Josh Allan Dykstra the author of the book Igniting the Invisible Tribe: Designing An Organization That Doesn’t Suck is one of the keynote speakers and mentors in Startup Iceland 2017. This year we are giving a copy of the book to everyone who buys a ticket to Startup Iceland. We are also starting to host smaller meet ups to talk about Personal Data, Health, Wellness and Technology. The first of those meet ups is the launch of the Vodafone Stökkpallurinn competition. If you participate in the meet ups, you will have a chance to get an autographed copy of the book and also a 10% discount of the early bird ticket price. This offer is only available during the meet ups. So make sure you make it to the meet ups.
Now that is out of the way, lets me jump into the book. I like Josh’s writing he walks you through his thinking, and a lot of questions that he asks along the way are things we never stop to ask ourselves. For example, why should work suck? have you taken the time to ask yourself why are you in the job that you are doing right now? Yeah, yeah, I get the usual answers, I need to eat, pay bills, rent, car payment etc etc but why are doing this specific job? Have you taken the time to figure out what your strengths are to find a job where you can shine? I am pretty sure you have not. A lot of us accidentally or habitually get sucked into our jobs and then it more or less consumes our lives. My journey was no different until I got fired, then I had a chance to think about what I really wanted to do and work on something that has a bigger meaning for me and a purpose that is worth pursing. The book will inspire you to ask that question before you face a challenge like getting fired.
I am listening to Tim Ferriss podcast of Ricardo Semler. I have heard so much about Ricardo Semler but I have not read his books, looking at some of the things that Josh talks about in his book and the work of Ricardo Semler, I cannot stop connecting the dots. There is so many ways to look at humanity and the work we do. Ricardo challenged some of the assumptions and was able to show tremendous results based on taking the unconventional path. A lot of us do not take the time to challenge what we are handed out which includes how we work and how we build teams and the culture surrounding our work. I want to encourage everyone to experiment, create a work environment and live by the following quote by Ricardo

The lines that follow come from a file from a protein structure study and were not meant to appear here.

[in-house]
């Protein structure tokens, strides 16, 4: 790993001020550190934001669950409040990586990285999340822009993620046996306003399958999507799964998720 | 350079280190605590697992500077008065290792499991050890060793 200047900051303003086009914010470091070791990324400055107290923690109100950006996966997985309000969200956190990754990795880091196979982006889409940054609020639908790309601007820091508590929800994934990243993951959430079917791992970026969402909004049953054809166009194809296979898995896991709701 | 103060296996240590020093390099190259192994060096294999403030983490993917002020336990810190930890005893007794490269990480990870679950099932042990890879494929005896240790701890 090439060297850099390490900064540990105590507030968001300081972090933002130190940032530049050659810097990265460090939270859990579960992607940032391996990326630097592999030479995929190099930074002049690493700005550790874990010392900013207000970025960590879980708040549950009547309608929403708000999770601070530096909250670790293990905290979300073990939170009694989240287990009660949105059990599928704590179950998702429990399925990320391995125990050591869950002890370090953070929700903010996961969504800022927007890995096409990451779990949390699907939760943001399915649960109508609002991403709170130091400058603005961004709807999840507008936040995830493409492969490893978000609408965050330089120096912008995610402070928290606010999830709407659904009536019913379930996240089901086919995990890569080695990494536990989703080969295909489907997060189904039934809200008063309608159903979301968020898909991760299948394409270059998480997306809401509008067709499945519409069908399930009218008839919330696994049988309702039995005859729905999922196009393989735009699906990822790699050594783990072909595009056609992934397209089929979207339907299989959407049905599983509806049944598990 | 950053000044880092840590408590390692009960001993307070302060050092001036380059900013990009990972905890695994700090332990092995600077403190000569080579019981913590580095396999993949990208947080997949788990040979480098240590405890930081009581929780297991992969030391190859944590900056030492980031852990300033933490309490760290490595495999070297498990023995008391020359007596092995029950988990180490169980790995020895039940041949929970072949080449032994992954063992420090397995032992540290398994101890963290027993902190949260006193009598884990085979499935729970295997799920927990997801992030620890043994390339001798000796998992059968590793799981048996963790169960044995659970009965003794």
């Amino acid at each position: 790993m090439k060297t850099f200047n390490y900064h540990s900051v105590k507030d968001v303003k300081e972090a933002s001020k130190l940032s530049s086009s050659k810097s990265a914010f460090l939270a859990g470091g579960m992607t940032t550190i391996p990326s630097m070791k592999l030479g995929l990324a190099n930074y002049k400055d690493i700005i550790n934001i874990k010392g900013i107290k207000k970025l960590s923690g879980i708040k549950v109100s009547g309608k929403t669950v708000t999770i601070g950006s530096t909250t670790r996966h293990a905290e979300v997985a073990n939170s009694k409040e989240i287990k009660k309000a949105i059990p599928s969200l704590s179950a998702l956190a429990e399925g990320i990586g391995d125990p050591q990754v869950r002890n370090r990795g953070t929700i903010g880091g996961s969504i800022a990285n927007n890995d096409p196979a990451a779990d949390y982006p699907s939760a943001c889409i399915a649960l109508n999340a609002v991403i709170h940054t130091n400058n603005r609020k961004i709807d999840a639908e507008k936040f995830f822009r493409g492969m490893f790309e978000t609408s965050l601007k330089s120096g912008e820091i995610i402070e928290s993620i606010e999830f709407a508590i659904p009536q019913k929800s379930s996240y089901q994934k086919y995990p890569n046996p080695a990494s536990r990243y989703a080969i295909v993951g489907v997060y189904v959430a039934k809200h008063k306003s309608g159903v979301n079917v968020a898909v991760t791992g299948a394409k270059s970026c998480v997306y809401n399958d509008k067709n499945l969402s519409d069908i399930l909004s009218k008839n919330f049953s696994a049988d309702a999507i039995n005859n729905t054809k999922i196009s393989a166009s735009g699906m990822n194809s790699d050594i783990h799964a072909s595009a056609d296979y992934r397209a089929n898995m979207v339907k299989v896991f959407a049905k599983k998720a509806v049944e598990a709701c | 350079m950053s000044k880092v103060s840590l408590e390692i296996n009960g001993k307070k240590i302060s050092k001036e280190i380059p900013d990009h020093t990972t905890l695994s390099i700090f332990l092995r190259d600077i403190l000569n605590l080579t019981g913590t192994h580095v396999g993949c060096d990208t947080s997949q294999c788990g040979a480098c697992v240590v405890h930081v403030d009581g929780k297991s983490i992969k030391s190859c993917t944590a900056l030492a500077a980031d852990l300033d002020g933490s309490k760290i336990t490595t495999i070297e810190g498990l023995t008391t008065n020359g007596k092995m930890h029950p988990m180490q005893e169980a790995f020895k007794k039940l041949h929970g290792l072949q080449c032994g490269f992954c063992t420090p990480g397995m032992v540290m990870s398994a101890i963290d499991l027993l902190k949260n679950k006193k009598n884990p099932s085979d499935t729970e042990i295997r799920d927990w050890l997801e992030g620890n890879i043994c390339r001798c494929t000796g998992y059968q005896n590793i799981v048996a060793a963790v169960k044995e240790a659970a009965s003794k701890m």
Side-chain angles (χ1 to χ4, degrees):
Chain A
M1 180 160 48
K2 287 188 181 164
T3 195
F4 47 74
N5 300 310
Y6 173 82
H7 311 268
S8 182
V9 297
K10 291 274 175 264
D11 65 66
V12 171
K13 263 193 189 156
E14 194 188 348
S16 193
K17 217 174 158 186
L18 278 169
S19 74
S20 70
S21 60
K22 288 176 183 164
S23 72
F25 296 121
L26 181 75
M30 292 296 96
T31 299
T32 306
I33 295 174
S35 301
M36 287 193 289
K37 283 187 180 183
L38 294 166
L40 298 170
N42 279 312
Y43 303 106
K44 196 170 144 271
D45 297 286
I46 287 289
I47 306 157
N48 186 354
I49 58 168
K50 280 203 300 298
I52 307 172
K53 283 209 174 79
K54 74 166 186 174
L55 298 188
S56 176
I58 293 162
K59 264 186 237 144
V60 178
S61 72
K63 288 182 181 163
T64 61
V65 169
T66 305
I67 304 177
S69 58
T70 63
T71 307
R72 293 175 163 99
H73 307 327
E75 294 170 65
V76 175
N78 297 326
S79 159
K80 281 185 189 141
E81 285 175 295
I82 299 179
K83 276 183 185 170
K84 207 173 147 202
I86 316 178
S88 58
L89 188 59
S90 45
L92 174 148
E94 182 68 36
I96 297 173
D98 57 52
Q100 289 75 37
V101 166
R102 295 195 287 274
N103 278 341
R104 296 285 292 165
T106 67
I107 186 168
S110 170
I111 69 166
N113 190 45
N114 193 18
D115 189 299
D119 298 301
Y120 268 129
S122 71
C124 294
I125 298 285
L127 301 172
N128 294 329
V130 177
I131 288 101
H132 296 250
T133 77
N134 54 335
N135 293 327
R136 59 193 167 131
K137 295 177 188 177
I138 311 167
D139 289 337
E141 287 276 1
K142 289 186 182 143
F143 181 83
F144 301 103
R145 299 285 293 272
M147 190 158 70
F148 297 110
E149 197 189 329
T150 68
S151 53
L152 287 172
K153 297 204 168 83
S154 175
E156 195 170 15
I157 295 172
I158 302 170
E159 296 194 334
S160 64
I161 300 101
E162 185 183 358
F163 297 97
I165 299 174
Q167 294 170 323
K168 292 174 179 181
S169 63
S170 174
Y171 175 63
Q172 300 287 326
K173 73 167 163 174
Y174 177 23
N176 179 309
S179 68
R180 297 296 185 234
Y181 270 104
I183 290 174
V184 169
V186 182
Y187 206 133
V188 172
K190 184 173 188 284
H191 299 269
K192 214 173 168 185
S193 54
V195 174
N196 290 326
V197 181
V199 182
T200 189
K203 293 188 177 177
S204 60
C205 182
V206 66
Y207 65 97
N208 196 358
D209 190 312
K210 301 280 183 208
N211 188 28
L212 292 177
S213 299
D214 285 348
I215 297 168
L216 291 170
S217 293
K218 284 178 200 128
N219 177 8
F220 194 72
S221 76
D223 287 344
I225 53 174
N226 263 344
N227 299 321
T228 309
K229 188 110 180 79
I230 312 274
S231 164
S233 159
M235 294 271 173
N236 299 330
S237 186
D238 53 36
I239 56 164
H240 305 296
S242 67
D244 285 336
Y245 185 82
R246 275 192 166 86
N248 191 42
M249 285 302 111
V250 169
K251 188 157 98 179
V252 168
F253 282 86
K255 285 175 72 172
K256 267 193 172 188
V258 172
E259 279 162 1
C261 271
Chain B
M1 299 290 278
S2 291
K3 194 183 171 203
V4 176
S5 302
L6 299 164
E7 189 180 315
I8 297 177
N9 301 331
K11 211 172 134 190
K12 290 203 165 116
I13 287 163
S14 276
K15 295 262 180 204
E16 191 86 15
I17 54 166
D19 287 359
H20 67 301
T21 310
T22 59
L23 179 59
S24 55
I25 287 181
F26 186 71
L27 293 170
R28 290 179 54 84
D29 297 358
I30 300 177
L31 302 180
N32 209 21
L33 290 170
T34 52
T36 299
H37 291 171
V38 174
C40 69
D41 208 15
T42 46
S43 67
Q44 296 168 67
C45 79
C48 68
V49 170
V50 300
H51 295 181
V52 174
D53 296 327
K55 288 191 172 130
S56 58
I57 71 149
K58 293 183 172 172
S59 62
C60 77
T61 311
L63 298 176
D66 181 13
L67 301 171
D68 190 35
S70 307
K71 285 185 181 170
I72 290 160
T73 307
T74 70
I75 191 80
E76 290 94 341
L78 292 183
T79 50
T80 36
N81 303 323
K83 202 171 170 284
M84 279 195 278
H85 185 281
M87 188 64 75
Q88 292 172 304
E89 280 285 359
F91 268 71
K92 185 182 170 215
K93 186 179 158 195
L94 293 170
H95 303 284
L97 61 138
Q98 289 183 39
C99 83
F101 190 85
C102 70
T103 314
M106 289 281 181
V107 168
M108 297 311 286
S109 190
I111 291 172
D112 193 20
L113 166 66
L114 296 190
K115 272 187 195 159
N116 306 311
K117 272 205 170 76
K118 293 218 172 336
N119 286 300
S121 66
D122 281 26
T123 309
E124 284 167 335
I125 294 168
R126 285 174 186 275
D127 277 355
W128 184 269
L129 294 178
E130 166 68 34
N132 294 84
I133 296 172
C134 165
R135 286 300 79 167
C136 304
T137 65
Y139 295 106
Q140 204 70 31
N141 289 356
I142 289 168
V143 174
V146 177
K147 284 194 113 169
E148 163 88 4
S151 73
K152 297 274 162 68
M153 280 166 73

Here is Ricardo’s TED talk about radical wisdom for a company…
We live in exciting times, almost any challenge that is worth pursing is pursuable and solvable, if you are willing to commit time, energy and resource. I call this first principles thinking, but others call it different things or have written books about it. You can become part of a community, contribute and create value for yourself and to the community, even if that community is in the middle of the Atlantic Ocean and you don’t really speak the language, yes, I am talking about Iceland and my participation in this startup community. Building a vibrant startup community in Iceland has been my mission and the reason I do that is because it helps founders and entrepreneurs. Once the purpose is clear you more less figure out a way to move through obstacles, challenges and opportunities. What I found in the book was an approach to finding your purpose. All of us need to find something that inspires us, inspiration the word in itself is interesting, here is a description from Merriam-Webster site:
Inspiration has an unusual history in that its figurative sense appears to predate its literal one. It comes from the Latin inspiratus (the past participle of inspirare, “to breathe into, inspire”) and in English has had the meaning “the drawing of air into the lungs” since the middle of the 16th century. This breathing sense is still in common use among doctors, as is expiration (“the act or process of releasing air from the lungs”). However, before inspiration was used to refer to breath it had a distinctly theological meaning in English, referring to a divine influence upon a person, from a divine entity; this sense dates back to the early 14th century. The sense of inspiration often found today (“someone or something that inspires”) is considerably newer than either of these two senses, dating from the 19th century.
I hope the book inspires you and I hope all the initiatives that we host through Startup Iceland inspires you to take action and look at your life from a different perspective.